If my neighbor’s contractor consented to the theft of my personal property and dumped garbage on the corners and I am fined for his actions, can I sue?

Over the summer, my neighbor hired a contractor to renovate an apartment in their 2-family home. At the very end, rather than requesting a dumpster and dumping all the garbage from his work into it, he hires some random persons off the street and they put the garbage on the corners at the end of our block.They put this garbage in front of two businesses. While we are away, the 2 people used our garbage cans and filled them and deposited then at the corner. A city agency is called, and they get our building number. The city official

comes fines us for the not having our weeds cut on a city-owned street, a plot where a tree had once been, which the city was required to fill in immediately after removing a dying and rotting tree. The city official leaves a summons for me and my wife to appear in court. This has escalated, and it will hopefully not cost us too much to fight. The contractor and his actions are directly responsible for what we have to deal with now. I also have a grievance with the judgment used by the city agent to target us for what happened. Can I sue the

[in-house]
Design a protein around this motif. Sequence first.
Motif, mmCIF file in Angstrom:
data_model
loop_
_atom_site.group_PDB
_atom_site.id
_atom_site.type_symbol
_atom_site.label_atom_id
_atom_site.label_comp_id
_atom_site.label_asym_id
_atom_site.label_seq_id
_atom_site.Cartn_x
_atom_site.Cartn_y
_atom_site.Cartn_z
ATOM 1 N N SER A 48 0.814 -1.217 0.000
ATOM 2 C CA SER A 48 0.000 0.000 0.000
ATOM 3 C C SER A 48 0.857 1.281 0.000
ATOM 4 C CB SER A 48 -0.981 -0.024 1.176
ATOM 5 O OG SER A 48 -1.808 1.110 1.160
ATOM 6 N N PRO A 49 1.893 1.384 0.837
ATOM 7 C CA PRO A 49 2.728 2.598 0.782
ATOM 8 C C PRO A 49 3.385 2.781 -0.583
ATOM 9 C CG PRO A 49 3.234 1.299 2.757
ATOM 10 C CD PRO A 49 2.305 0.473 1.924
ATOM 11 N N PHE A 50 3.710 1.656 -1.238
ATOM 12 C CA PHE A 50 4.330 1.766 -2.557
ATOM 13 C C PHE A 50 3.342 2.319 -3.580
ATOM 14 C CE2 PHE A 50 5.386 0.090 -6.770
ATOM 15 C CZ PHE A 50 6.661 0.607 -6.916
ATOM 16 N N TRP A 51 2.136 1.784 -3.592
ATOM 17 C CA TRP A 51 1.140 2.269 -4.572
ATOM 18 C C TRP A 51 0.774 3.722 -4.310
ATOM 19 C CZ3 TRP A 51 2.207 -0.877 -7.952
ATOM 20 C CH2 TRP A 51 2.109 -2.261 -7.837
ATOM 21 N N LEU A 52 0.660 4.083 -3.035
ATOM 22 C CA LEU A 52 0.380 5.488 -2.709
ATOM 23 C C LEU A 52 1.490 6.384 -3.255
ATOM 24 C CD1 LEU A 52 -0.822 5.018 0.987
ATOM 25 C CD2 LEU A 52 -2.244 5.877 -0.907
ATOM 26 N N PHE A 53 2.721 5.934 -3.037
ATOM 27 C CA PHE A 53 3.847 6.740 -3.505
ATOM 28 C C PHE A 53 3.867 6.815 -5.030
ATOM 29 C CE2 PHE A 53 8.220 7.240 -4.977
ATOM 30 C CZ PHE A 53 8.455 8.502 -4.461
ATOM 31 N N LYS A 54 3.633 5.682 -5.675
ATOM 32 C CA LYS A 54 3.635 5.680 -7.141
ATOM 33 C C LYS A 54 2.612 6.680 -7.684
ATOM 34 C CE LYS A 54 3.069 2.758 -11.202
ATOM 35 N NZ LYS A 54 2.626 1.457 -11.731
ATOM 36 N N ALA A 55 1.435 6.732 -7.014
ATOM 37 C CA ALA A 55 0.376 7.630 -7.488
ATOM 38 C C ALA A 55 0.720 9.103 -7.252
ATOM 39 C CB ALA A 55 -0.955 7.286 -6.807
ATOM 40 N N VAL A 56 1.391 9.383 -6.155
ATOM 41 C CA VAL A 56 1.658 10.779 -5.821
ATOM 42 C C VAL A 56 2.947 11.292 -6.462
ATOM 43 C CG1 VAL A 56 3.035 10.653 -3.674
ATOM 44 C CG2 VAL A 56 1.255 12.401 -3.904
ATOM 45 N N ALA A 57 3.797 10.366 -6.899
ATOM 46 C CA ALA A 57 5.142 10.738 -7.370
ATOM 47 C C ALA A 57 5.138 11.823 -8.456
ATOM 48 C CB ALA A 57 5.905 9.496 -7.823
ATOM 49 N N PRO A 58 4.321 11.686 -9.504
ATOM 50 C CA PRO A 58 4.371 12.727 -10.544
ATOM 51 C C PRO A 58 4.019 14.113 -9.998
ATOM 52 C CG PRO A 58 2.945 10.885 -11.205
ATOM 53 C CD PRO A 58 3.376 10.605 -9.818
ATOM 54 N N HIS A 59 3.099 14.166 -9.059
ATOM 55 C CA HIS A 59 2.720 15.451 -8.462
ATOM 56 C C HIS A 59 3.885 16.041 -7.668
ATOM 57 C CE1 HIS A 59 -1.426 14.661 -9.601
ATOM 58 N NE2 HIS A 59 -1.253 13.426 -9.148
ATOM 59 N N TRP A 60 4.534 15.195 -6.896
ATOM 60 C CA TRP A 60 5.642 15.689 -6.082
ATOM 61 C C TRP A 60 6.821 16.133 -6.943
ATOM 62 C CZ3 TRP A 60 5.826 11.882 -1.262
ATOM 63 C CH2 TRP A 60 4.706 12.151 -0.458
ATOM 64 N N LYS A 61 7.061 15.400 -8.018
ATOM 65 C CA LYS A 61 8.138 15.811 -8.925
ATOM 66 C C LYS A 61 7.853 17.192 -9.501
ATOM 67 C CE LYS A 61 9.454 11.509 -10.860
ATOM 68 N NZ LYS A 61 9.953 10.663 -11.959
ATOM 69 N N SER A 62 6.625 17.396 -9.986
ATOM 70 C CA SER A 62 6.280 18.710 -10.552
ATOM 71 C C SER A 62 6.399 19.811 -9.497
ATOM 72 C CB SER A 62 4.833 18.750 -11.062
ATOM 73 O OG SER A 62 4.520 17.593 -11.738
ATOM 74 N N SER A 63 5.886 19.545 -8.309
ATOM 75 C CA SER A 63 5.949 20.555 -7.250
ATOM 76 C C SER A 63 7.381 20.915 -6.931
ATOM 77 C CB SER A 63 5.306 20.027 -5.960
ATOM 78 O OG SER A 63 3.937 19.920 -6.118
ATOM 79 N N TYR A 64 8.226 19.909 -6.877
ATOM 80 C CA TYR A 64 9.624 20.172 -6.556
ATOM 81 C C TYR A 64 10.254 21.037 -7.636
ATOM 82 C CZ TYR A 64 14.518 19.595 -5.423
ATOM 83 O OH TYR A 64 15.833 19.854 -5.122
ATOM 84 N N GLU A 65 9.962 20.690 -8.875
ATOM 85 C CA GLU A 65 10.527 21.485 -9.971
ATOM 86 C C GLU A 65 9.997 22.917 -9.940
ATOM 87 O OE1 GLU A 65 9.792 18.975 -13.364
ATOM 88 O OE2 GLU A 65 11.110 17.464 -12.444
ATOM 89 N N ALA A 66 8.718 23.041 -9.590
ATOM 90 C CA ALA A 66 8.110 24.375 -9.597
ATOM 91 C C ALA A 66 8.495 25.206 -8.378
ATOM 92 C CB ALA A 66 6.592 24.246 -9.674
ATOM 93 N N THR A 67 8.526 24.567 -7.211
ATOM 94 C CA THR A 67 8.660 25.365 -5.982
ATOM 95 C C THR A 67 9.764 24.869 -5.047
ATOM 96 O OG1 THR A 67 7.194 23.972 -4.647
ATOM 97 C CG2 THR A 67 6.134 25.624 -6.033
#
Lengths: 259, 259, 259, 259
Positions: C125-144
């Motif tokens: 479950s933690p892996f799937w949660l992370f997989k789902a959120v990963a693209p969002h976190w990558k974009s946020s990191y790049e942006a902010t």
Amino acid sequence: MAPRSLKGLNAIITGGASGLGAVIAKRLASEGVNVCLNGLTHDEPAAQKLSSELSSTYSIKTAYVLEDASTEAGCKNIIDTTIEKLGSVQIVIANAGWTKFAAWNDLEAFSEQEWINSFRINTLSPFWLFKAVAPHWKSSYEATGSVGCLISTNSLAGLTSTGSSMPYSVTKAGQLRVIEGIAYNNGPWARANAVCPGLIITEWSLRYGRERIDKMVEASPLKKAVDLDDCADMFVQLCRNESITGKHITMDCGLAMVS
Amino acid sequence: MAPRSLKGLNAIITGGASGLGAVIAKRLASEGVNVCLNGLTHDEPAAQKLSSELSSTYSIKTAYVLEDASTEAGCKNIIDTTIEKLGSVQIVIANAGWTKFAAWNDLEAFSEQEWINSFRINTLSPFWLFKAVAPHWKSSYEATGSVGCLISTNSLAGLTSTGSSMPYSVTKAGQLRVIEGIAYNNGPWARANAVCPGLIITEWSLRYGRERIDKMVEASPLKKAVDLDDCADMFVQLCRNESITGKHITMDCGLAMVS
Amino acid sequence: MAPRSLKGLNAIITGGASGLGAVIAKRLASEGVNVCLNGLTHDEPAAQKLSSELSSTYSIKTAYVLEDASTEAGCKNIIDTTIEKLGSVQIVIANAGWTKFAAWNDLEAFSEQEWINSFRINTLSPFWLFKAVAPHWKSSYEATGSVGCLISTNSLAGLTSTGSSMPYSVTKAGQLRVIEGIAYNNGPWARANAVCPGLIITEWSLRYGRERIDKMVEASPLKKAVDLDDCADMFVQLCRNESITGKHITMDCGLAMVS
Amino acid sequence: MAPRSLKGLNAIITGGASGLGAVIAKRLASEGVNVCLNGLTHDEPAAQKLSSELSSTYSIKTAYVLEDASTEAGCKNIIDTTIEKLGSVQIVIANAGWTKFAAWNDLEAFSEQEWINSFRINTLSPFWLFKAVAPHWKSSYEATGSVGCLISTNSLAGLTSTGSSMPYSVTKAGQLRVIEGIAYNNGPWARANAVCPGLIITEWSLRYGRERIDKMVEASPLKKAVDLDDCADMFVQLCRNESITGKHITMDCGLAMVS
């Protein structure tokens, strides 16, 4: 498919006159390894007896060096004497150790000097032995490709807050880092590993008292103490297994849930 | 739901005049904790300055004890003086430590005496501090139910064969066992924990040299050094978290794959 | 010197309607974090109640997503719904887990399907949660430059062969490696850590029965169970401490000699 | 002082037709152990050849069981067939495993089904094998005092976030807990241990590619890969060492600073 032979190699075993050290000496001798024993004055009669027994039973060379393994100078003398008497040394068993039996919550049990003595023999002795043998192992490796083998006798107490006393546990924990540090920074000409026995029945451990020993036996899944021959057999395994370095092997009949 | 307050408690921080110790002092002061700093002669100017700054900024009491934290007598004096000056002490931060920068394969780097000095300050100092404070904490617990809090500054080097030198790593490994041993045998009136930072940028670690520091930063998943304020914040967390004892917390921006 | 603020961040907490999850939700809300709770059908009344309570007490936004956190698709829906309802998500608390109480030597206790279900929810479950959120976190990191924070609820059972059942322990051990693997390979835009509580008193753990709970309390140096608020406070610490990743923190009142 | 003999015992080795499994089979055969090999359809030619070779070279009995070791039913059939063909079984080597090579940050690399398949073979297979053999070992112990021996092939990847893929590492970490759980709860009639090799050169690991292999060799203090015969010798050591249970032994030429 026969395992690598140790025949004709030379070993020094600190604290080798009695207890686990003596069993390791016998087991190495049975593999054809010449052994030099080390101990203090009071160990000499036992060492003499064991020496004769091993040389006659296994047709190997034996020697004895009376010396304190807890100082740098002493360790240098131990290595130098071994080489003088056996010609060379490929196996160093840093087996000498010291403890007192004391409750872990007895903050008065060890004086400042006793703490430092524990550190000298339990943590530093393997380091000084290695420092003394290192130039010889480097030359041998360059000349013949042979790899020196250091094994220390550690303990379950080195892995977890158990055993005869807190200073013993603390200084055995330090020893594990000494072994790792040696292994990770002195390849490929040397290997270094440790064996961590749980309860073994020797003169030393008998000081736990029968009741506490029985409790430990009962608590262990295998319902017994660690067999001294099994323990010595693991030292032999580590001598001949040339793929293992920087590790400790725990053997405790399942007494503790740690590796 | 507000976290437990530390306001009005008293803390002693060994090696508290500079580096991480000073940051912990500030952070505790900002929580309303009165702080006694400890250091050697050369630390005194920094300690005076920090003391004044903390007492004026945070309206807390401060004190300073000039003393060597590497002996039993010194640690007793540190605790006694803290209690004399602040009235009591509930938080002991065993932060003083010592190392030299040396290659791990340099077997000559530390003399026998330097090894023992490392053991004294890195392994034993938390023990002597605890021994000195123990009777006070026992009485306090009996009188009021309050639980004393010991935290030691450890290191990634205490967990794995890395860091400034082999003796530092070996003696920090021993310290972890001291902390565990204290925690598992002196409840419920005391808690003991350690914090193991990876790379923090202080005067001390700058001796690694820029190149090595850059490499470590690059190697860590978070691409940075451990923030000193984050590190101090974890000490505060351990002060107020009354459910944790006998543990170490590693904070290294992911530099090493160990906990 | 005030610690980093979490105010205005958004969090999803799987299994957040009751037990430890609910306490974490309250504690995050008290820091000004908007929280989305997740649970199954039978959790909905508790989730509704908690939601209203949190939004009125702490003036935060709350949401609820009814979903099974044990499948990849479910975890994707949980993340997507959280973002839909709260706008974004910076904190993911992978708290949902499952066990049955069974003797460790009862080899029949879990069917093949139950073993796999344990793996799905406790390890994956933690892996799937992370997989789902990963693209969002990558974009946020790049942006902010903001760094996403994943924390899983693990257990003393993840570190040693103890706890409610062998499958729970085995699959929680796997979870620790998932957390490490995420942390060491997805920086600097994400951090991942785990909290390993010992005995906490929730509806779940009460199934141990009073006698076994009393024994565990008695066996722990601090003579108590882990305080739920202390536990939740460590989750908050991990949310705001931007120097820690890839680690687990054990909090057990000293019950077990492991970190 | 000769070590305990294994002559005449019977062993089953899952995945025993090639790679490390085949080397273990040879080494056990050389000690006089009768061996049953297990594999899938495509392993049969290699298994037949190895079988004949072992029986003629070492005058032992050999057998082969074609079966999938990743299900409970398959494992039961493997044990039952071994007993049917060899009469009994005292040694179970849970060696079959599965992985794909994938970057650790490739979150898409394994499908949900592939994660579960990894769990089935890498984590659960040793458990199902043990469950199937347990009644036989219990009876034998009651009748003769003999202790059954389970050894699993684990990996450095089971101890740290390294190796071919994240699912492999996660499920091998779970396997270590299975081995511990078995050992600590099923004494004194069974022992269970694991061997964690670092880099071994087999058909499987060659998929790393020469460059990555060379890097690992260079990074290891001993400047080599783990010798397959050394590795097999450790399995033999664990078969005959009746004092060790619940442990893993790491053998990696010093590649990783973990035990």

contractor? Can I also sue the city agent for his poor judgment?

Asked on December 12, 2018 under Real Estate Law, New Jersey


SJZ, Member, New York Bar / FreeAdvice Contributing Attorney

Answered 1 year ago | Contributor

1) Yes, you can sue the contractor: an employer or business is responsible for the actions of those whom he/she/it hires, which actions are done in the course of their work or employment, and so the contractor is responsible for what the people it hired did. They acted wrongfully in taking and using your property (garbage cans), and their wrongful actions are causing you to incur costs and losses; therefore you can sue the contractor employing them for this.
2) Municipal employees are not responsible for poor judgment--only for deliberately wrongful acts or acts outside their power/authority. You must likely cannot sue the agent.

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